Arrangements to establish new Ubudehe social stratification are underway. The public applauds this practice by the Government, arguing that it upholds values of unity and creates a culture of mutual development.
However, objections by citizens on the stature and process of categorisation of people under the different categories have been growing. Questions have been raised on the reliability, transparency and fairness of the entire process.
Fionah Uwase, a resident of Kabuga Sector in Kicukiro District, wonders why even after thorough inquiries by local leaders, people still end up wrongly placed in the different categories.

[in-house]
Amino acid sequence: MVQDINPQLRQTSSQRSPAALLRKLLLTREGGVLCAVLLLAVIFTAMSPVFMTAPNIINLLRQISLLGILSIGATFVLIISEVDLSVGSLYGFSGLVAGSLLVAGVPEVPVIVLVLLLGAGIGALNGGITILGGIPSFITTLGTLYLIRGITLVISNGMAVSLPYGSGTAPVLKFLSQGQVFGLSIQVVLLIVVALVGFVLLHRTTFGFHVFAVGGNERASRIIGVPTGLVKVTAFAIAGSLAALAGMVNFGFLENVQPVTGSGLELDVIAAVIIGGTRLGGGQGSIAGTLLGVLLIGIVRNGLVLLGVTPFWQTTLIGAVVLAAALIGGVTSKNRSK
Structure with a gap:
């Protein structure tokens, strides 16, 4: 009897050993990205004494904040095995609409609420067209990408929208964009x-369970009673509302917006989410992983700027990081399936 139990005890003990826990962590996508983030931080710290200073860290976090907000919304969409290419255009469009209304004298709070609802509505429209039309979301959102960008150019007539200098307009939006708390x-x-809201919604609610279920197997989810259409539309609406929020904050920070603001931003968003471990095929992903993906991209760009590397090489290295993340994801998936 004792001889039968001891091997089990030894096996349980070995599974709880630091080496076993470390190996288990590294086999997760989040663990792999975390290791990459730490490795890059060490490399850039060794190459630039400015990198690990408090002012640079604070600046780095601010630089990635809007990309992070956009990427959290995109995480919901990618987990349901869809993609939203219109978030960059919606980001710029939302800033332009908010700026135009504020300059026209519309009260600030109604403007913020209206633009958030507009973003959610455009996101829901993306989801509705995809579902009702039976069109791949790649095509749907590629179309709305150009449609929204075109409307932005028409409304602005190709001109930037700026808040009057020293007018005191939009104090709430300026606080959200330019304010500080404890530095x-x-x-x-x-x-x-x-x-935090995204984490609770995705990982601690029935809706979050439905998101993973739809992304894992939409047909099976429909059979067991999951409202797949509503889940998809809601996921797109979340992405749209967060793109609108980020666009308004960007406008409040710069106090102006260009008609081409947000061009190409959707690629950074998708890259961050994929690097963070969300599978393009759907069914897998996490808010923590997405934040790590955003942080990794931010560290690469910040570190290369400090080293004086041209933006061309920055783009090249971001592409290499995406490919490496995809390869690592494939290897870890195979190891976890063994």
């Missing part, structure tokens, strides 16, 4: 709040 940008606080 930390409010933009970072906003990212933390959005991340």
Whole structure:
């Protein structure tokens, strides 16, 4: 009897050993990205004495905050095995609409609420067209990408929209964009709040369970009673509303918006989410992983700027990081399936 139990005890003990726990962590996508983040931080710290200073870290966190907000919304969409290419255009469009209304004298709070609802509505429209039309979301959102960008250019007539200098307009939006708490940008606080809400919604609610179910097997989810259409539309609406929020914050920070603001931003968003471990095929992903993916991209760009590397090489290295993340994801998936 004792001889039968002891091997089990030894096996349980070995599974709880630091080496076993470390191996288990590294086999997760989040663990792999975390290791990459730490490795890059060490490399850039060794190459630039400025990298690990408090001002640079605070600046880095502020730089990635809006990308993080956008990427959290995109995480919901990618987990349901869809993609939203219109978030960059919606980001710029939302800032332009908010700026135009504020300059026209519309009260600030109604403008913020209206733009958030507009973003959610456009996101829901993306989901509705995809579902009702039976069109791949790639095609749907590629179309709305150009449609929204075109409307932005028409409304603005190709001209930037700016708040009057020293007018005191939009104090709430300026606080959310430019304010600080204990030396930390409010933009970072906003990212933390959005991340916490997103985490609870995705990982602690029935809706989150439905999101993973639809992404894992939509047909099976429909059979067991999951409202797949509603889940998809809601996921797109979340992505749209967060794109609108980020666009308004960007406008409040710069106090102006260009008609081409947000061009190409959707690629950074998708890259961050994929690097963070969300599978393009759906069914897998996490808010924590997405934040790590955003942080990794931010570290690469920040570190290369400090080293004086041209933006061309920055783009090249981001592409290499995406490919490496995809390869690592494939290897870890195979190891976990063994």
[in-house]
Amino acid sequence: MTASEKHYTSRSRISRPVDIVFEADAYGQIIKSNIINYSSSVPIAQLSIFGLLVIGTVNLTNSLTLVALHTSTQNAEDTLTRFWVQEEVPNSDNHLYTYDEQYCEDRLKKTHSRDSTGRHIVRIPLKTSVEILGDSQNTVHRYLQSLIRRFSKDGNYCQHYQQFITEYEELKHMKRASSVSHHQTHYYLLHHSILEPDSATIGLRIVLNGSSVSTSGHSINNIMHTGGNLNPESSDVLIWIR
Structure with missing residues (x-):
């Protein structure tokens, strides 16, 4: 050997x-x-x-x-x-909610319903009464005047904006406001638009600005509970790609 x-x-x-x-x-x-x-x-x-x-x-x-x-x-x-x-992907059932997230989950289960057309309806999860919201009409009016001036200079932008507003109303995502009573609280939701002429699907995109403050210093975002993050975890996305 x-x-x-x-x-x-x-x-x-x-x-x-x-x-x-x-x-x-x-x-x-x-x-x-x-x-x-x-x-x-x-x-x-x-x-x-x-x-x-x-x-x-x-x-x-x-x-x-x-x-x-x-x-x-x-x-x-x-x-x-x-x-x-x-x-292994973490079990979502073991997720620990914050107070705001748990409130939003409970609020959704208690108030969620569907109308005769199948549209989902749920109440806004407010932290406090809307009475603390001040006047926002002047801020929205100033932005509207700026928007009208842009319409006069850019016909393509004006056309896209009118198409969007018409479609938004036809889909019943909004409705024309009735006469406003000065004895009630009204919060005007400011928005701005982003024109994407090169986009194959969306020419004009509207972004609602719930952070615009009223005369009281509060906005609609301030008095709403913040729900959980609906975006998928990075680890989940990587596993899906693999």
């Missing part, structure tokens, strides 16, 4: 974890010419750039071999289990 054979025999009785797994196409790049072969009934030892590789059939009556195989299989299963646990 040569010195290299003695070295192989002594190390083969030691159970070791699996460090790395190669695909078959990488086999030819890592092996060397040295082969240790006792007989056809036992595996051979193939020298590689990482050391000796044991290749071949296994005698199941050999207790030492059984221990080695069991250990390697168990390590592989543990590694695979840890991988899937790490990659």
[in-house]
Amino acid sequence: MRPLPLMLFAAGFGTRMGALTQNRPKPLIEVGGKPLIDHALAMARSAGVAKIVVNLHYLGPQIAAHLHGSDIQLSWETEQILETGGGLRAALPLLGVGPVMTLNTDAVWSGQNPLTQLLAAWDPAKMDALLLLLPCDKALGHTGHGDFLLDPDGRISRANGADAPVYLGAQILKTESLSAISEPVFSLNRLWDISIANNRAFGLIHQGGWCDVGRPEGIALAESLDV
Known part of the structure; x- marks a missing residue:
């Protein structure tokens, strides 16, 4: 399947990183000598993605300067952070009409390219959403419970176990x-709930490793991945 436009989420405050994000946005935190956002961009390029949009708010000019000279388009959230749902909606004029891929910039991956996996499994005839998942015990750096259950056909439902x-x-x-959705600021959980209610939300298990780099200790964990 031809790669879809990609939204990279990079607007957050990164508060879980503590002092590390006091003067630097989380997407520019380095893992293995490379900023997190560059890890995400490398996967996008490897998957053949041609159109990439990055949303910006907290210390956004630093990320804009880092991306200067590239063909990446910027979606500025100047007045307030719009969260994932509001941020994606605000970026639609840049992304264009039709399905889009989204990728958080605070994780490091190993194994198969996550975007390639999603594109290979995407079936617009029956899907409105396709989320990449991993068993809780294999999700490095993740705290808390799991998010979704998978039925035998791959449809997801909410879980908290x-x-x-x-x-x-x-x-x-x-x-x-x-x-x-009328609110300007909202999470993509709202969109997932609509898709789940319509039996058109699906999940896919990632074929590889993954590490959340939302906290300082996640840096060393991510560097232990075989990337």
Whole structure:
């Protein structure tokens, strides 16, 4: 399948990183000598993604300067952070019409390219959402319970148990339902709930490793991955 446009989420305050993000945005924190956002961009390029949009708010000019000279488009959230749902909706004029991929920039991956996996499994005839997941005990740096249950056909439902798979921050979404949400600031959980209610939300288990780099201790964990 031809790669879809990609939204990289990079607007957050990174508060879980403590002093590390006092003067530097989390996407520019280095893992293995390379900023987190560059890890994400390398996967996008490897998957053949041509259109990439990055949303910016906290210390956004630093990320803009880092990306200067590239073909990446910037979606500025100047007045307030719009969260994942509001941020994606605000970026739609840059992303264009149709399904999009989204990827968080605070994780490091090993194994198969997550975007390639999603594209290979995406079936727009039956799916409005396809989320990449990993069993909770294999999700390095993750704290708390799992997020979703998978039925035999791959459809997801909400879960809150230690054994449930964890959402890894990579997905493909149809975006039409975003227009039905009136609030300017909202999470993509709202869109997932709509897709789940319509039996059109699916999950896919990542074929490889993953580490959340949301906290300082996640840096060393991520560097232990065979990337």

“Many people complain about this issue and to be honest if one looks closer, these people are not complaining for the sake of it, their standards of living don’t fit the categories they are put in,” she says.
Uwase points out that one of the things that leads to this is because leaders at times do not consider factors that matter in the first place.
“People shouldn’t be judged by how they dress or carry themselves in society. Our leaders should look deeper and know how people live. What job do I have? How much do I earn, what responsibilities do I have regardless of how much I could be earning? All of these are factors that we need to look into,” she says.
Jean de Dieu Munyankindi, a motorcyclist, echoed similar sentiments. He contends that he has never understood what criteria is followed when people are being placed in these categories.
Munyankindi is in category three and doesn’t understand why he was placed there.